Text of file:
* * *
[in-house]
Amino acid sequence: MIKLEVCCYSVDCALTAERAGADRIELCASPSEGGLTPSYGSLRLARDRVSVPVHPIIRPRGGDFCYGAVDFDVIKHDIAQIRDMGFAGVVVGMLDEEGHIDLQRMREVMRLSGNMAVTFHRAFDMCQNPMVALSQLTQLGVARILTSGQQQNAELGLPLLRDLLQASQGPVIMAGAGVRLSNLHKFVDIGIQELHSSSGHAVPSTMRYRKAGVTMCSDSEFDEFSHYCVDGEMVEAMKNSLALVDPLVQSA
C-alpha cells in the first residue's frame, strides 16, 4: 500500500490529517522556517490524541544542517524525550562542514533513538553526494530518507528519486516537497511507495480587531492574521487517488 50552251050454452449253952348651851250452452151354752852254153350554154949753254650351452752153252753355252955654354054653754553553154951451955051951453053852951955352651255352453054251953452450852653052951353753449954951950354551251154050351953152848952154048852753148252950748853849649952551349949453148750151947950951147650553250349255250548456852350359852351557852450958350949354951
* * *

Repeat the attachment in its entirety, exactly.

[in-house]
Amino acid sequence: MIKLEVCCYSVDCALTAERAGADRIELCASPSEGGLTPSYGSLRLARDRVSVPVHPIIRPRGGDFCYGAVDFDVIKHDIAQIRDMGFAGVVVGMLDEEGHIDLQRMREVMRLSGNMAVTFHRAFDMCQNPMVALSQLTQLGVARILTSGQQQNAELGLPLLRDLLQASQGPVIMAGAGVRLSNLHKFVDIGIQELHSSSGHAVPSTMRYRKAGVTMCSDSEFDEFSHYCVDGEMVEAMKNSLALVDPLVQSA
C-alpha cells in the first residue's frame, strides 16, 4: 500500500490529517522556517490524541544542517524525550562542514533513538553526494530518507528519486516537497511507495480587531492574521487517488 50552251050454452449253952348651851250452452151354752852254153350554154949753254650351452752153252753355252955654354054653754553553154951451955051951453053852951955352651255352453054251953452450852653052951353753449954951950354551251154050351953152848952154048852753148252950748853849649952551349949453148750151947950951147650553250349255250548456852350359852351557852450958350949354951